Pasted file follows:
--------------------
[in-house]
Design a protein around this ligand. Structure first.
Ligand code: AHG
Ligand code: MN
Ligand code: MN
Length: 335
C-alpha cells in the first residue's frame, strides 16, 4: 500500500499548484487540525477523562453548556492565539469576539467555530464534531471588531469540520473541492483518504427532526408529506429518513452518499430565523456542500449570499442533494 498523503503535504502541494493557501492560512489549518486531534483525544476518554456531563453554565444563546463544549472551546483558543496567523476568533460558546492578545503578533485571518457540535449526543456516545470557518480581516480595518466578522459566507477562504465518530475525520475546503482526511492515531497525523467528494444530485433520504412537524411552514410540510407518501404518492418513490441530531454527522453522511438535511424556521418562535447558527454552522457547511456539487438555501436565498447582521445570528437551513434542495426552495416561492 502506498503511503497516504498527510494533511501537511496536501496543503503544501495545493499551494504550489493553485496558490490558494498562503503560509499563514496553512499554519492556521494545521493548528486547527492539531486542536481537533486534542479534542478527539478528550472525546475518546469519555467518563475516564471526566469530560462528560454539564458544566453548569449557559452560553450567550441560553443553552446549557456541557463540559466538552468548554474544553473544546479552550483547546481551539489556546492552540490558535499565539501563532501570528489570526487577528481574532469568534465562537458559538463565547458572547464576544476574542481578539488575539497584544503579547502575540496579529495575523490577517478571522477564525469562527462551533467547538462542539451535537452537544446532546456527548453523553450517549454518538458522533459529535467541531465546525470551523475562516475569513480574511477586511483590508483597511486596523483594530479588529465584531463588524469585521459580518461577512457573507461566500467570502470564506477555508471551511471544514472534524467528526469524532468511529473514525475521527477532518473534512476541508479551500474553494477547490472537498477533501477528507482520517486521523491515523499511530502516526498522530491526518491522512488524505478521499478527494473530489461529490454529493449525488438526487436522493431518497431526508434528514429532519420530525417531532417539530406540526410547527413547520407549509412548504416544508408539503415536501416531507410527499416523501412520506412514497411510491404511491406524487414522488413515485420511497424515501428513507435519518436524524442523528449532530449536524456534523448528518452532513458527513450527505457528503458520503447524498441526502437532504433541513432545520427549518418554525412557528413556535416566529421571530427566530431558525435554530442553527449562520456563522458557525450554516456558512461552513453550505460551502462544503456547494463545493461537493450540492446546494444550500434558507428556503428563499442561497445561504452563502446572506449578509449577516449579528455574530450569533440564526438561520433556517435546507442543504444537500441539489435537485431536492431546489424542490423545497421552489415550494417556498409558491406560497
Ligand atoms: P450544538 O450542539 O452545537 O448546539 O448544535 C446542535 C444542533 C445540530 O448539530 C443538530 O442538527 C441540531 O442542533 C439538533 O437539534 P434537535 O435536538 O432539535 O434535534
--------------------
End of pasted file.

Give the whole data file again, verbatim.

[in-house]
Design a protein around this ligand. Structure first.
Ligand code: AHG
Ligand code: MN
Ligand code: MN
Length: 335
C-alpha cells in the first residue's frame, strides 16, 4: 500500500499548484487540525477523562453548556492565539469576539467555530464534531471588531469540520473541492483518504427532526408529506429518513452518499430565523456542500449570499442533494 498523503503535504502541494493557501492560512489549518486531534483525544476518554456531563453554565444563546463544549472551546483558543496567523476568533460558546492578545503578533485571518457540535449526543456516545470557518480581516480595518466578522459566507477562504465518530475525520475546503482526511492515531497525523467528494444530485433520504412537524411552514410540510407518501404518492418513490441530531454527522453522511438535511424556521418562535447558527454552522457547511456539487438555501436565498447582521445570528437551513434542495426552495416561492 502506498503511503497516504498527510494533511501537511496536501496543503503544501495545493499551494504550489493553485496558490490558494498562503503560509499563514496553512499554519492556521494545521493548528486547527492539531486542536481537533486534542479534542478527539478528550472525546475518546469519555467518563475516564471526566469530560462528560454539564458544566453548569449557559452560553450567550441560553443553552446549557456541557463540559466538552468548554474544553473544546479552550483547546481551539489556546492552540490558535499565539501563532501570528489570526487577528481574532469568534465562537458559538463565547458572547464576544476574542481578539488575539497584544503579547502575540496579529495575523490577517478571522477564525469562527462551533467547538462542539451535537452537544446532546456527548453523553450517549454518538458522533459529535467541531465546525470551523475562516475569513480574511477586511483590508483597511486596523483594530479588529465584531463588524469585521459580518461577512457573507461566500467570502470564506477555508471551511471544514472534524467528526469524532468511529473514525475521527477532518473534512476541508479551500474553494477547490472537498477533501477528507482520517486521523491515523499511530502516526498522530491526518491522512488524505478521499478527494473530489461529490454529493449525488438526487436522493431518497431526508434528514429532519420530525417531532417539530406540526410547527413547520407549509412548504416544508408539503415536501416531507410527499416523501412520506412514497411510491404511491406524487414522488413515485420511497424515501428513507435519518436524524442523528449532530449536524456534523448528518452532513458527513450527505457528503458520503447524498441526502437532504433541513432545520427549518418554525412557528413556535416566529421571530427566530431558525435554530442553527449562520456563522458557525450554516456558512461552513453550505460551502462544503456547494463545493461537493450540492446546494444550500434558507428556503428563499442561497445561504452563502446572506449578509449577516449579528455574530450569533440564526438561520433556517435546507442543504444537500441539489435537485431536492431546489424542490423545497421552489415550494417556498409558491406560497
Ligand atoms: P450544538 O450542539 O452545537 O448546539 O448544535 C446542535 C444542533 C445540530 O448539530 C443538530 O442538527 C441540531 O442542533 C439538533 O437539534 P434537535 O435536538 O432539535 O434535534